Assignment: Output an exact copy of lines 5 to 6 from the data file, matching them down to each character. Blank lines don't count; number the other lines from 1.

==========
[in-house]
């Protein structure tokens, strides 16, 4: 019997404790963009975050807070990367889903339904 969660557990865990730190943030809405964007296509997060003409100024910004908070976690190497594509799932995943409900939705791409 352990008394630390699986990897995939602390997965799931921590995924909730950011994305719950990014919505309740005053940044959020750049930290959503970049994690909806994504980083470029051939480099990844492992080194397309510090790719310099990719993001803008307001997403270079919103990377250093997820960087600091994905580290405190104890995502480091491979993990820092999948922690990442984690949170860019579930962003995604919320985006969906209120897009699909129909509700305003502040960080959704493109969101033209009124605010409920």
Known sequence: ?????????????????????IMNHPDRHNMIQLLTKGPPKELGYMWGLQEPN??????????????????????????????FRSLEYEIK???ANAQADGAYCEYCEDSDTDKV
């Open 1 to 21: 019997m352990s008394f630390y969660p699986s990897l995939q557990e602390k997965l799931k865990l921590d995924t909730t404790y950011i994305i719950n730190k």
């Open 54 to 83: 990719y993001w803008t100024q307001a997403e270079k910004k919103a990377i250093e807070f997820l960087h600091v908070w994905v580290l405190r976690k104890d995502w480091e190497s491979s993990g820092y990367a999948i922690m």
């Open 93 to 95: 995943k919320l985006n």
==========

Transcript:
């Open 54 to 83: 990719y993001w803008t100024q307001a997403e270079k910004k919103a990377i250093e807070f997820l960087h600091v908070w994905v580290l405190r976690k104890d995502w480091e190497s491979s993990g820092y990367a999948i922690m």
């Open 93 to 95: 995943k919320l985006n």